Sunday, July 15, 2012


After our Murray-Sunset encounter in early March, we continued on north and west along the Murray River into South Australia with the aim of a visit to Gluepot Reserve, part of a huge area of intact mallee bushland, and managed by Birdlife Australia. 
On our way there one of our overnight stays was in a public park next to the rail line at a little town called Underbool, where we watched the sunset over the grain silos nearby.   

Underbool sunset

A few encounters with some locals gave me a couple of of photo opportunities.   

Sulphur-Crested Cockatoo

Apostle Birds

Black Kite

After the drive in along the 50km of rough and in parts sandy road, we arrived at the reserve
and got our bearings at the fantastic information centre near the rangers residence.

Gluepot information centre

After finding a suitable camp site we settled in, and made the most of the glorious weather over the next few days, driving the tracks and walking the numerous trails looking for birds and enjoying the unique beauty of our surrounds. 

At the "Babbler" camp site

The watering points scattered through the 126,000 acre reserve are a great way to spot some of the resident bird life and the pigeons below were one of the more prevalent attendees.  

Common Bronze-wings

Grey Currawong

This native shrub was one of the few plants flowering at the time of our visit. 

Unidentified Mallee shrub

A sunning Bearded Dragon is usually an easy subject to photograph, not like some of those pesky things with wings.

Although the two birds below behaved themselves and stayed within range.

Red-Capped Robin - male

Jacky Winter

While we were unsuccessful in locating some of our target species such as the enigmatic Scarlet-chested Parrots that had been seen here in recent times, and the rare Mallee Fowl (not for lack of trying!), a bonus was a small flock of Regent Parrots that landed in a tree close to where I was searching for the SCP's, on our last morning there. Not a tick for the life list, but a bird I had seen only at a distance previously. This race (the other being found in south west WA) is classed as an endangered species and I felt privileged to get a good look at these lovely birds.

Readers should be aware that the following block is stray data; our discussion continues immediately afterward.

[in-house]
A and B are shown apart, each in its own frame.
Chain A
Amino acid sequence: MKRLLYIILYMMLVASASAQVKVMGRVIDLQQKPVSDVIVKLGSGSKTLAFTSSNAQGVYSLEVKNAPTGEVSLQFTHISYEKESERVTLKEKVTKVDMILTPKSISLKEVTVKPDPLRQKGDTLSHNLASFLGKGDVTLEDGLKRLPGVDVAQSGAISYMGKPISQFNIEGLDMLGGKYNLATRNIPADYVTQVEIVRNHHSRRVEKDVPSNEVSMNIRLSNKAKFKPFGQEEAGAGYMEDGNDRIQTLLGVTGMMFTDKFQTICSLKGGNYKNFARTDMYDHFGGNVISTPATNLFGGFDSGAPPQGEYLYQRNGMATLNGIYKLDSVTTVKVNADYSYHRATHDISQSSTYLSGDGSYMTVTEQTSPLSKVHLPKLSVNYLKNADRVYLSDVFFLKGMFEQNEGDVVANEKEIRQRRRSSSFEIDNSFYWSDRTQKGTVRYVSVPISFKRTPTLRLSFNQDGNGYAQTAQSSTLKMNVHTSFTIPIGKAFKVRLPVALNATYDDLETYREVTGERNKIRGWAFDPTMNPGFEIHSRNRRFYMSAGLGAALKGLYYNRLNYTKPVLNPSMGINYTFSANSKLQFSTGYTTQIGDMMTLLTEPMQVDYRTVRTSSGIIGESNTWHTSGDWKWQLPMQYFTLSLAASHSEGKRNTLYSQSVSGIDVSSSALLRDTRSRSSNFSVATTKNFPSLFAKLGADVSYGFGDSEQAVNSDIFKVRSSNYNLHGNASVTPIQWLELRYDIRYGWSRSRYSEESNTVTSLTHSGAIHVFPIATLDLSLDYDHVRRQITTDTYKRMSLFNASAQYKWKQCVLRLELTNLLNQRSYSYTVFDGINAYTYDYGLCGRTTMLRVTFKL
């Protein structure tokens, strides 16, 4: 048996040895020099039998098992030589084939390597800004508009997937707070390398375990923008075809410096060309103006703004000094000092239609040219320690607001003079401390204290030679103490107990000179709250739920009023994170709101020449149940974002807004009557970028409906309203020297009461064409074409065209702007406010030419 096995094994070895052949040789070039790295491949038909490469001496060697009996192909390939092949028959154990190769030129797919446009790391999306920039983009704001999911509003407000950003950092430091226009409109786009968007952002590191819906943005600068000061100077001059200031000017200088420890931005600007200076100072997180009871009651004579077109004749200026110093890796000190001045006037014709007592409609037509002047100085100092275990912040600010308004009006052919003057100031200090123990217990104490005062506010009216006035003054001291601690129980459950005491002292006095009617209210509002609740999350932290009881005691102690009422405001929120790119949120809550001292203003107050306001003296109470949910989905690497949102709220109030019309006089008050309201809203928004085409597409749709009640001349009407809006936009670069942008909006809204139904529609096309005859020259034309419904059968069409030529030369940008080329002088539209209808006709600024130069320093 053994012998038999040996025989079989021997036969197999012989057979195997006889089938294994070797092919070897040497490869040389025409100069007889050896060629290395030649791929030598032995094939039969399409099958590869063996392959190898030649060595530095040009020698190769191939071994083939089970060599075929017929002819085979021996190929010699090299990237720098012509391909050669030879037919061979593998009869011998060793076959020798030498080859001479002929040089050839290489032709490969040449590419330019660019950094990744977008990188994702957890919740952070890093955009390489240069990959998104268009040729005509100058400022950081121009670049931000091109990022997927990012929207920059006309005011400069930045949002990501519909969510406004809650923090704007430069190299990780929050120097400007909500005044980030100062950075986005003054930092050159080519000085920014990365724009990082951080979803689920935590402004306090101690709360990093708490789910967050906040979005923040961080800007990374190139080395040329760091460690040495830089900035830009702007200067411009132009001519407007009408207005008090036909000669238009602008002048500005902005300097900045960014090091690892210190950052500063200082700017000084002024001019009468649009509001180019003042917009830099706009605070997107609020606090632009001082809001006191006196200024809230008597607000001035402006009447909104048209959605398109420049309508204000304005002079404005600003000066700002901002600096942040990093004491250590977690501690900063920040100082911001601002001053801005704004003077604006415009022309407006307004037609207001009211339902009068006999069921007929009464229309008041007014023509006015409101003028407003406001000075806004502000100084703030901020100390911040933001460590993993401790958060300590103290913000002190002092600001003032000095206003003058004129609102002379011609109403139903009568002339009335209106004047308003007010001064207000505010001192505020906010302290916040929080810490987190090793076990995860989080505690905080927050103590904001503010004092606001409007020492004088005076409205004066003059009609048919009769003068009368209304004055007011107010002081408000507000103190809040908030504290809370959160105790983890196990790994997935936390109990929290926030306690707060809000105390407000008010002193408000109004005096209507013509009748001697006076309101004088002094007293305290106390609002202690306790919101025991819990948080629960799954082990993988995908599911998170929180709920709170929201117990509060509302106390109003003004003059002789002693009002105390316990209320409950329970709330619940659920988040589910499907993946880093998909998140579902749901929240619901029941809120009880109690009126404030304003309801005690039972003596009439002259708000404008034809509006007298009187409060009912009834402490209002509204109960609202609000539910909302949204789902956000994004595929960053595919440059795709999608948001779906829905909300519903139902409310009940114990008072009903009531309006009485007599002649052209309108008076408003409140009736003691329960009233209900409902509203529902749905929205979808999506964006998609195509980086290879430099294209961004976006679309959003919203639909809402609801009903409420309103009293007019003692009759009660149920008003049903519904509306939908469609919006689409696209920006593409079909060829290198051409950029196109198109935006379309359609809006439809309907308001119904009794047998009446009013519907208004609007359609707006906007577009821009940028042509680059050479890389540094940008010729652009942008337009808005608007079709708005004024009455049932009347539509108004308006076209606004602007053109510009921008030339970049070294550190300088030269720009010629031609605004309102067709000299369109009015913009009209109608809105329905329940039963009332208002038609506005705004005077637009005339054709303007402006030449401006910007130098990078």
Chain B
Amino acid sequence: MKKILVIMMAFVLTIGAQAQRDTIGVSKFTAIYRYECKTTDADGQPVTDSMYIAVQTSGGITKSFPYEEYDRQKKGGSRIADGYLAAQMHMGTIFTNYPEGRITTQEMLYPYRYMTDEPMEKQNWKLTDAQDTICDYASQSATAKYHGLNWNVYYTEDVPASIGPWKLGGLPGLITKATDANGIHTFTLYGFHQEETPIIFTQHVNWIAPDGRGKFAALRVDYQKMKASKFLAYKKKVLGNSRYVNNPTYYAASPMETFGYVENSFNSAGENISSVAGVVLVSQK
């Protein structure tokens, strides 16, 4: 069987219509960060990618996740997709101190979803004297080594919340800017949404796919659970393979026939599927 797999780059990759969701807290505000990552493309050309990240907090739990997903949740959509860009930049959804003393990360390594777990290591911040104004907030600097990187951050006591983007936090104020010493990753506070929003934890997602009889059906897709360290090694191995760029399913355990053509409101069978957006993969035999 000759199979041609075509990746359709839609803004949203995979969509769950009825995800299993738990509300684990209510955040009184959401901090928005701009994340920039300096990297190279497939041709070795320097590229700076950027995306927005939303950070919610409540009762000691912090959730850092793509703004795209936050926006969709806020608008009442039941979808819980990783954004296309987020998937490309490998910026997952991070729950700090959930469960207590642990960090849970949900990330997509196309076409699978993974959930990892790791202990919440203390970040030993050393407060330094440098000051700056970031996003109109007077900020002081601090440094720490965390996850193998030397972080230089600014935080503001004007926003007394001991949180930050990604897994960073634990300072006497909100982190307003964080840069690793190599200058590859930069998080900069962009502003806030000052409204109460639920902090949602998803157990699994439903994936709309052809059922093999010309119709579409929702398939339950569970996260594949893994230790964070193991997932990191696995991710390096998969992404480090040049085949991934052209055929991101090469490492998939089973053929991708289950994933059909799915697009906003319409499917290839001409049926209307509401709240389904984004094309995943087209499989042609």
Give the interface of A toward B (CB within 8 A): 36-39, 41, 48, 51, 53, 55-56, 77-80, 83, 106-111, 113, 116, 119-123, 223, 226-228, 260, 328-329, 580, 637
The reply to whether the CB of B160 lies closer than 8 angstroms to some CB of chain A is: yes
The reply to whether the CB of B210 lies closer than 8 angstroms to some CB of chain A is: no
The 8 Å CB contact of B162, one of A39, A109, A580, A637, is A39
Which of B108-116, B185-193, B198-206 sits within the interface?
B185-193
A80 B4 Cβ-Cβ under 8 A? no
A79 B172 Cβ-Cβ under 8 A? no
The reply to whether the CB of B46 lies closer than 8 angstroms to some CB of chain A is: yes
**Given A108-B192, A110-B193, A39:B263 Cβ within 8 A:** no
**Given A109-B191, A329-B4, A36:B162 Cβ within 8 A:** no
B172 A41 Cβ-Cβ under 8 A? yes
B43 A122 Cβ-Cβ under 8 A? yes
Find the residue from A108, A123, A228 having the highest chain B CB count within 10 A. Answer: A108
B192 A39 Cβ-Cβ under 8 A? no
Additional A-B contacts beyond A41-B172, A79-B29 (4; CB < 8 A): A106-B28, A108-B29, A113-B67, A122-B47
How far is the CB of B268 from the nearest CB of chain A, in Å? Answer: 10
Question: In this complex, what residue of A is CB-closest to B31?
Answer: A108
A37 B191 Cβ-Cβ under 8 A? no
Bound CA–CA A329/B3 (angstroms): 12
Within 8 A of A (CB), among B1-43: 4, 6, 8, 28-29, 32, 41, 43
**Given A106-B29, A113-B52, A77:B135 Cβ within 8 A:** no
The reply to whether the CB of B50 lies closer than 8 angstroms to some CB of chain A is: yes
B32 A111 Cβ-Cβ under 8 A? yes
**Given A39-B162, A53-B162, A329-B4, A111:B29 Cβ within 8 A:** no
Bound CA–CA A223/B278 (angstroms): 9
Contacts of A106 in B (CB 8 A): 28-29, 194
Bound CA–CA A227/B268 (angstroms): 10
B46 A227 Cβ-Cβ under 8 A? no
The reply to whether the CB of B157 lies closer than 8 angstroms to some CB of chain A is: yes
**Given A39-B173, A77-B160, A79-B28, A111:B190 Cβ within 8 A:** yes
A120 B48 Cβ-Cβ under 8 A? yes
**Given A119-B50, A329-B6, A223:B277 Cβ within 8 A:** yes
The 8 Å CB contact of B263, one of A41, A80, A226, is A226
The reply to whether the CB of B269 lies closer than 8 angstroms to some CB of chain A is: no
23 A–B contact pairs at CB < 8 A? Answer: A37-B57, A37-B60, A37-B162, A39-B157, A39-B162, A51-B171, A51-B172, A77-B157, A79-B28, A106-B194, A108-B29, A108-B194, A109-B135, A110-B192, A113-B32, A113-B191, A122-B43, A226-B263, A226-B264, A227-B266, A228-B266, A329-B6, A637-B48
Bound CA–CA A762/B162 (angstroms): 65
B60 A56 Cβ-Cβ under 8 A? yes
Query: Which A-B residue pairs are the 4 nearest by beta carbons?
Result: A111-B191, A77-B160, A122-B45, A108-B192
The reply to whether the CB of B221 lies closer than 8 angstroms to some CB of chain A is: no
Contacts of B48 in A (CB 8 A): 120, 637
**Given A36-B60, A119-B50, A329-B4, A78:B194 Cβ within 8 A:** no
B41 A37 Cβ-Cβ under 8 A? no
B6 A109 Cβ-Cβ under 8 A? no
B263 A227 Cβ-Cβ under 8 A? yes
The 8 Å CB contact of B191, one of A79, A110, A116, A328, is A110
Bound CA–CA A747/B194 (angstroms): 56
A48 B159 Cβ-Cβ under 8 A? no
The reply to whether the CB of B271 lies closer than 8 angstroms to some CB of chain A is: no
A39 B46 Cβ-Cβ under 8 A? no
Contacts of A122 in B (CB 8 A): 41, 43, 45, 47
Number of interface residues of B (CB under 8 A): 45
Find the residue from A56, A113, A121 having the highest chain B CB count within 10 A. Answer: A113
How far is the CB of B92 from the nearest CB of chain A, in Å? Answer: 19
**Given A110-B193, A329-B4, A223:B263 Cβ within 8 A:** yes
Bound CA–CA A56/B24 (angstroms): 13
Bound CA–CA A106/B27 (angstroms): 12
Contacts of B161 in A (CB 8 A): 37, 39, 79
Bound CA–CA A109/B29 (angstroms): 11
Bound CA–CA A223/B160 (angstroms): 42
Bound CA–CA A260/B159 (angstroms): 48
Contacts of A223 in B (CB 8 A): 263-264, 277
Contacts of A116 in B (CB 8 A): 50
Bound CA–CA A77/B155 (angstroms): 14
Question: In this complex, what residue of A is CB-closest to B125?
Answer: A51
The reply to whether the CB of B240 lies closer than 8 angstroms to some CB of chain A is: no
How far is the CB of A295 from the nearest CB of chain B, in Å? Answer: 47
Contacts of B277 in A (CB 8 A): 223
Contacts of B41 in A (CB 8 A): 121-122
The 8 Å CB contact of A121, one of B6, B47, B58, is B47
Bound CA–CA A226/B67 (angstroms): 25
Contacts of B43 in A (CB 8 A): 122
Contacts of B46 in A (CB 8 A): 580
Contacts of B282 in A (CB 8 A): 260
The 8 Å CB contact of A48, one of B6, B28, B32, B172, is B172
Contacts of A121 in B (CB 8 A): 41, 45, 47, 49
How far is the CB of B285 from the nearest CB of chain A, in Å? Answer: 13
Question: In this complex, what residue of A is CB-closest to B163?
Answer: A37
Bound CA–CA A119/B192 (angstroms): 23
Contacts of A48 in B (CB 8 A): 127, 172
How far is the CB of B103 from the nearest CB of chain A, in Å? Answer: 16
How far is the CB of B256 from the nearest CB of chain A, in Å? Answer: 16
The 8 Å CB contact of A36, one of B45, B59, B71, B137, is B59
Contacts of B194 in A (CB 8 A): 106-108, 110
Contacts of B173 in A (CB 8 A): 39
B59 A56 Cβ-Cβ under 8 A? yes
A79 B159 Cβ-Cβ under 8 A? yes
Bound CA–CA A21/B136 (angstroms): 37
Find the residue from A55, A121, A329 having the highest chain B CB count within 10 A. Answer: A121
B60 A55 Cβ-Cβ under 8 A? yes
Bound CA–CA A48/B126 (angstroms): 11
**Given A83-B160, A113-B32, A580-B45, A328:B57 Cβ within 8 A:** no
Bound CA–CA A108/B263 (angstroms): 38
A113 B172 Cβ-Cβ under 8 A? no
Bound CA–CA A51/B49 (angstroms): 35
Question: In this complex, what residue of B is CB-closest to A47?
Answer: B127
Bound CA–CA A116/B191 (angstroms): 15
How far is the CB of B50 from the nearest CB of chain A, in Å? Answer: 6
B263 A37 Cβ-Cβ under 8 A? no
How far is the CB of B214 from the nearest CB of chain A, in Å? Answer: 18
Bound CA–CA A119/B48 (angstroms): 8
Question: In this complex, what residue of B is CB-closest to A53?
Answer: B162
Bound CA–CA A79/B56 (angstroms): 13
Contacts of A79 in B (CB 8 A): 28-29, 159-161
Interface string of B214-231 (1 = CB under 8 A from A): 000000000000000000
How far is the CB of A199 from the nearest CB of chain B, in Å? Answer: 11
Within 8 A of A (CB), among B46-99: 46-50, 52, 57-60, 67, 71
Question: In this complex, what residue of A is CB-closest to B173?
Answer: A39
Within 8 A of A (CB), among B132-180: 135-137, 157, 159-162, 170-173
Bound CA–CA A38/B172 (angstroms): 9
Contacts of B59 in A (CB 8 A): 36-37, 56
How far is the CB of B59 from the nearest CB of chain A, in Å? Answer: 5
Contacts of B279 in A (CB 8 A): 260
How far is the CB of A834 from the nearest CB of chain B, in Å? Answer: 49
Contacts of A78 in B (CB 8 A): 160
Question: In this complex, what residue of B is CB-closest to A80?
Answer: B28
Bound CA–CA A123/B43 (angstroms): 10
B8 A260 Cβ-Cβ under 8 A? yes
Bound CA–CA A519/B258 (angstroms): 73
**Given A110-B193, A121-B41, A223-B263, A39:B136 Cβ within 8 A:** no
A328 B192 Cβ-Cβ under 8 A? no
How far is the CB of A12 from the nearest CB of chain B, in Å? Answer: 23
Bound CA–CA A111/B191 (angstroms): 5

Regent Parrots

We had a great stay here and observed close to 50 species all up including 3 lifers: Chestnut Quail-Thrush, White-browed Treecreeper and Gilbert's Whistler. Some great information available at this site:


  1. I have to get to Gluepot one day, it's on my bucket list. Great photos John, those parrots are amazing.

  2. Thanks Wampy. I've heard the best time to go there is in spring (like most places!) It was a little quiet when we were there and we had to work to find the birds.

  3. What a beautiful looking spot. I loved the red-capped robin and regent parrot in particular, as I have never seen either of these! Looks like it was a great trip.

  4. Hi Judi, Red-capped Robin is on the Toowoomba Bird Observers list.
    Could be a possibility in your area?

  5. Good work John! I was there yesterday and things are still a little quite! first time I have been up there and not seen a Mulga Parrot!!! unheard of!! Did get some nice photo's of a Gilbert's Whistler though. We'll done on the Regents they along with the Malleefowl are my Gluepot Bogey birds!I go up there about 5 times a year and am yet to see them! Seen them elsewhere just never at GP!! Seen real rarities like Scarlets and a bird even less often seen in SA: Painted Honeyeaters! but Regents and Malleefowl nope..... not a bad thing though just gives me an extra reason to go back!

  6. Hi Chris, it's handy you live a little closer (we're in SE Qld). It's a wonderful place. Dipping doesn't worry me too much, like you say all the more reason to head back.